After three years on wdc, I have gone through a journey of my own. I've tried to step in the shoes
of those I work with, have tried to untangle the intricate webs of marriages that work, and relationships
that don't, and have been both hopeful and cynical about the progress of our human race.
Now, I want to get past the IS of this world as I ask the question, "What do we do now? What next?"
Emotions are like paint on a palette. There are the primary colors our three year olds understand:
Happy, Sad, Mad. Then there are the secondary colors: Anger, Disappointment, Contentment, Joy.
Finally, there are the shades of each color: jealousy, dispair, frustration, disillusionment, peacefulness,
satisfaction, pride and self-worth, ceptance, grief. But what of the blank canvas?
All colors are available to each of us who draws breath, but what do we paint on the canvas that will still
be here on earth when our bodies are no longer breathing? This canvas is our community, our family,
our country, our neighborhood, our writings, our actions, our creations, our children. It is said
in the Christian faith's New Testament, "faith without works is dead" but the process of calming
ourselves before the paint touches canvas, taking pictures in our minds before dipping brush to paint,
and the time between each stroke to appreciate the moment, these are all part of an artists life.
The space between the works is no less important than the act of working.
So it is the purpose of this folder and these writings, to appreciate this space; to examine the
motivation before the donation, the tolerance before the sharing of faith, the breath before the words.
It is also the purpose of these writings to appreciate the works themselves; the act of dialogue,
the shaking of hands from different faiths, the acceptance of mosque, temple, and church on the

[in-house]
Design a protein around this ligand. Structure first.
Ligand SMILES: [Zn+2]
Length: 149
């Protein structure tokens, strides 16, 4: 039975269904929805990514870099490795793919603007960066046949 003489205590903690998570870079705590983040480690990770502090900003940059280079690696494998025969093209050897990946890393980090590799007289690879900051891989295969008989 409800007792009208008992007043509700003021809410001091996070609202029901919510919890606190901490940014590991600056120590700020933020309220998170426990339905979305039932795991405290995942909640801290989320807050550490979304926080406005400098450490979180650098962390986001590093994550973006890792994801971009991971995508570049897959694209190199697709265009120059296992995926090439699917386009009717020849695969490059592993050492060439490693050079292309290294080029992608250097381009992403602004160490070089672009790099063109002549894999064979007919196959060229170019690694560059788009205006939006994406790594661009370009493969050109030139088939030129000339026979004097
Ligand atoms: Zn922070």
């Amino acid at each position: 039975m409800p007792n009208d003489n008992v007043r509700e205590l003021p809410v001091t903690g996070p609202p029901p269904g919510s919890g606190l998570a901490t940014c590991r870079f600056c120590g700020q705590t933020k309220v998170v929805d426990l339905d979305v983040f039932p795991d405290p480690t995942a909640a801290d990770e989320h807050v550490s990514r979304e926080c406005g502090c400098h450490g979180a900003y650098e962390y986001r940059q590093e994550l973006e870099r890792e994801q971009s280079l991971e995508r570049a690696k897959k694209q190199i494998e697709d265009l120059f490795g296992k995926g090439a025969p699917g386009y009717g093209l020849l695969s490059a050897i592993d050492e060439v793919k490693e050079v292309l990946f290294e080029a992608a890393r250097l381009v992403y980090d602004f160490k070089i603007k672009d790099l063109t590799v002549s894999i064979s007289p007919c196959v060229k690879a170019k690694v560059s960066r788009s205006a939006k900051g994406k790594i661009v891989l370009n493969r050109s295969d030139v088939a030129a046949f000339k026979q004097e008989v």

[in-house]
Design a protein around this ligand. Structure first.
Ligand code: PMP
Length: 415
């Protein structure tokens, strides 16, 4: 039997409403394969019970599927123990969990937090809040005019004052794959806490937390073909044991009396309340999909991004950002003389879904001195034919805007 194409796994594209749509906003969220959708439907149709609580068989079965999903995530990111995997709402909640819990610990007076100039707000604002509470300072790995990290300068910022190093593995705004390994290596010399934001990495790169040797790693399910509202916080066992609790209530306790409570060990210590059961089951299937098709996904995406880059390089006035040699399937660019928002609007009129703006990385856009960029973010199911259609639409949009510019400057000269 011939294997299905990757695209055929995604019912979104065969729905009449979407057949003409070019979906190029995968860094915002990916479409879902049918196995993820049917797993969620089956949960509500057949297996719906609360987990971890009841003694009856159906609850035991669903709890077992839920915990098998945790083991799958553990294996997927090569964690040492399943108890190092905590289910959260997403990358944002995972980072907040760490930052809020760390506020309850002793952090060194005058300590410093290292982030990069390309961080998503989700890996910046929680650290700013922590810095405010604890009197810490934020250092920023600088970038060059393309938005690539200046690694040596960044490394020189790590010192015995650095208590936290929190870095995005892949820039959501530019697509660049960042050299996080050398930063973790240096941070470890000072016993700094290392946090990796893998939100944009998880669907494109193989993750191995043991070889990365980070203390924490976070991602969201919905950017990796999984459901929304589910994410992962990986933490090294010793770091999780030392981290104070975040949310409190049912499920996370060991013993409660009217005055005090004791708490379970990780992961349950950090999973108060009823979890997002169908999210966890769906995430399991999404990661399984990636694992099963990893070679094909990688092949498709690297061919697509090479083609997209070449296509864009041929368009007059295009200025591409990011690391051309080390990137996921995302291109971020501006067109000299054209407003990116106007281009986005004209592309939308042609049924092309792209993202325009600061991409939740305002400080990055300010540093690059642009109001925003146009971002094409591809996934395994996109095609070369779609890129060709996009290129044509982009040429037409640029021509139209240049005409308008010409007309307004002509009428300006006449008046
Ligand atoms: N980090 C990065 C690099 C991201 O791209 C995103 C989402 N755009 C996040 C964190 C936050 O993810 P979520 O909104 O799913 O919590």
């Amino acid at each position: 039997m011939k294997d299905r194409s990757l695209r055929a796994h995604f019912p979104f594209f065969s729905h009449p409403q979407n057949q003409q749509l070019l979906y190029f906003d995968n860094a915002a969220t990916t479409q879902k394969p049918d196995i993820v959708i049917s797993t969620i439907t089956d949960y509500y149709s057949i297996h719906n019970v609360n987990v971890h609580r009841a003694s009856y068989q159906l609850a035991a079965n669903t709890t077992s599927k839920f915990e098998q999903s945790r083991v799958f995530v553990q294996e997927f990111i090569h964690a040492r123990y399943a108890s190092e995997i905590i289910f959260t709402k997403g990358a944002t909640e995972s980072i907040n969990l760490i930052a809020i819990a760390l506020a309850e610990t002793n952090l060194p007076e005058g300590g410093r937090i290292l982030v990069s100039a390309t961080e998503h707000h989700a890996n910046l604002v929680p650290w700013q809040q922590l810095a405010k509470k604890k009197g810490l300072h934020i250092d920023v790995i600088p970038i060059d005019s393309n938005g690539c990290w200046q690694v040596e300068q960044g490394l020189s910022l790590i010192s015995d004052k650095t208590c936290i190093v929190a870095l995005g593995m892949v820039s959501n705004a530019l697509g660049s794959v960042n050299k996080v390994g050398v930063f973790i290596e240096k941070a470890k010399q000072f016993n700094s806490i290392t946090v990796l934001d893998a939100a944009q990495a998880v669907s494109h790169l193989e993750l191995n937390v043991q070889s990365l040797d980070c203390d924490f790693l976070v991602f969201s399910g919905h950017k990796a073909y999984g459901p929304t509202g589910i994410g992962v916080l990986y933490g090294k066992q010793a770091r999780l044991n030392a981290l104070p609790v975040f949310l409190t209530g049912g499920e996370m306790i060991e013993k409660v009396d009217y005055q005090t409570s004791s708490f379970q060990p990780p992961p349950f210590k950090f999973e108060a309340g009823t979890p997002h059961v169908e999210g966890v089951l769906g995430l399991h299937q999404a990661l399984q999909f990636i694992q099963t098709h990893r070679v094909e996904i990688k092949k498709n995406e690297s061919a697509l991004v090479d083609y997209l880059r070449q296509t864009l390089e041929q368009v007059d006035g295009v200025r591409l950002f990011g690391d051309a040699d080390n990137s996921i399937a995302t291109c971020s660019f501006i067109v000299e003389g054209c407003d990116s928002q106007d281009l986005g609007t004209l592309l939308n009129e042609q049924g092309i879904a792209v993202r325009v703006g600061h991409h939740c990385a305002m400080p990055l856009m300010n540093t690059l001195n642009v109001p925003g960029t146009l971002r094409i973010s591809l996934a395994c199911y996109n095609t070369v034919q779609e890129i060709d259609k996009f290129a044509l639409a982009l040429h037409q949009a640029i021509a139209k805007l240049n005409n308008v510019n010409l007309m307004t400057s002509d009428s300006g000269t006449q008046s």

same city block, the curiousity of a child to ask, "Where do you come from?", "What are you wearing?",
or "What does that word mean?", and the grace to listen to another point of view,
without fear it will taint one's own.
Perhaps, then, we will walk through life as if it is an art exhibit by different creators. We can appreciate
a painting without having to buy it, congratulate the artist without taking on his point of view. And maybe,
when we next sit at the canvas, paints at hand, we can choose better the hue or shade, the speed of our
work, the space in between, and give thought to the practices of others. A little perpective can go a long way.
Welcome to this folder and to these writings. You may critique anything you please, or simply write a poem
or note in response. I appreciate all views different from my own, for honestly-it may be surprising that we aren't
so different after all.
I also will have a forum available to encourage dialogue and discussion.
Please feel free to contribute or just browse.
But by all means, be respectful of each other as I know those on wdc can be.
I want open and honest dialogue without fear of scorn or judgment.
There's enough of that out in the world. I look forward to your participation.
*Namaste is a common spoken greeting or salutation originating from India and Nepal.
Accd to Wikipedia, when spoken to another person, it is commonly accompanied by
a slight bow made with hands pressed together, palms touching and fingers pointed
upwards, in front of the chest. This gesture, called A˝jali Mudrā, can also
be performed wordlessly and carries the same meaning.
**Wado means "Thank you" in Tsalagi (Cherokee) language